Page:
20 LAPD officers reassigned as probe into falsified reports expands
Prosecutors allege members of the department's Metro Division wrongly portrayed people as gang members or associates
Mark Puente and Richard Winton
Los Angeles Times
LOS ANGELES — The investigation into allegations that members of the elite Los Angeles Police Department Metro Division falsified information they gathered during stops and wrongly portrayed people as gang members or associates has expanded to include 20 officers, with prosecutors already reviewing one case.
The widening probe is becoming a major scandal at the LAPD, raising questions about the criminal cases brought by the officers now under scrutiny. The officers, assigned to special patrols in South Los Angeles, are suspected of falsifying field interview cards during stops and entering incorrect information about those questioned in an effort to boost stop statistics.
"This definitely has a criminal aspect. Falsifying information on a department report is a crime," Los Angeles Police Chief Michel Moore said Tuesday. "I must look straight at these allegations. It does give me concern."
Los Angeles Police Commission members expressed alarm.
"These allegations are extremely troubling," said commission President Eileen Decker.
Decker asked LAPD Inspector General Mark Smith to monitor the department's investigation and to conduct a separate inquiry.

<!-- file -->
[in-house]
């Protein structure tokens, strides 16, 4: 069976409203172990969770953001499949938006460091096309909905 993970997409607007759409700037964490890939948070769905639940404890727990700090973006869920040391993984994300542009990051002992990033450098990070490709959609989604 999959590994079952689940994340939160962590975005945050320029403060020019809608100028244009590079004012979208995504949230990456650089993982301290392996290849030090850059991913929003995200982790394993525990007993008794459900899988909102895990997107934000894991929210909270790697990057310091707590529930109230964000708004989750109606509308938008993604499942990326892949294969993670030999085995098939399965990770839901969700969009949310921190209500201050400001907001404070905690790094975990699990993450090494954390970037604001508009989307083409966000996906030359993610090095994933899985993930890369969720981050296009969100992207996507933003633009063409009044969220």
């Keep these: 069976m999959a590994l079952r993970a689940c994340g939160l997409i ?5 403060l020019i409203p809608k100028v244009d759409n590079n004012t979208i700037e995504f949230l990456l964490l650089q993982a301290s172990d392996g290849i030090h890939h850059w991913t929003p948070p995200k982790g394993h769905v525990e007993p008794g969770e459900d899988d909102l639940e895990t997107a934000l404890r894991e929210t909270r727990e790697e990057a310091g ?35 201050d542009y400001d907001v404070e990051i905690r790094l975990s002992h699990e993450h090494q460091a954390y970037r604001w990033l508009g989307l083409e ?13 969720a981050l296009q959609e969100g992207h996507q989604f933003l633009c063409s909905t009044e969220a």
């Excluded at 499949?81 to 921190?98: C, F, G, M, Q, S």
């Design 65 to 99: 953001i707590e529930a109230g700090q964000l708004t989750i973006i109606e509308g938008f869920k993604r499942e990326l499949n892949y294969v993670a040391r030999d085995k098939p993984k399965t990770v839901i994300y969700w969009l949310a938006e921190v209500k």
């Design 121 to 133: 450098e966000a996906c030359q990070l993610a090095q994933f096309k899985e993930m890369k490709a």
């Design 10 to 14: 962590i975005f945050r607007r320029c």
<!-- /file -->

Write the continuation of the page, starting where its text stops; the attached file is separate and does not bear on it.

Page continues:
Moore said the investigation initially focused on three officers and moved to others who worked with them. It then expanded to more who worked with the second group, the police chief said.
Moore said 10 officers had been assigned to home and had their police powers suspended. "I believe there is sufficient cause to assign them to home," he said.
Another 10 have been removed from the street because investigators have reviewed some of their work and "don't know if it's inaccuracies or falsehoods," Moore said.
"We have found inconsistencies that are in direct contrast with the physical evidence," he said.
To add a protective measure, the department now requires a gang lieutenant to review body-worn video to make sure it matches the field interview cards when adding someone to the database, Moore added.
In at least one case, body camera and car recordings did not match the accounts in the field interview cards, law enforcement sources told the Los Angeles Times last week.
A Times investigation published last January showed that Metro officers stopped African American drivers at a rate more than five times their share of the city's population. To combat a surge in violent crime, the LAPD doubled the size of its Metropolitan Division in 2015, creating special units to swarm crime hot spots.
In response, the LAPD announced last fall it would drastically cut back on pulling over random vehicles. At the time, Moore said Metro's vehicle stops had not proved effective, netting about one arrest for every 100 cars stopped, while coming at a tremendous cost to innocent drivers who felt they were being racially profiled. Officials said Metro crime suppression officers, who number about 200, would instead track down suspects wanted in violent offenses and use strategies other than vehicle stops to address flare-ups in crimes such as burglaries and shootings.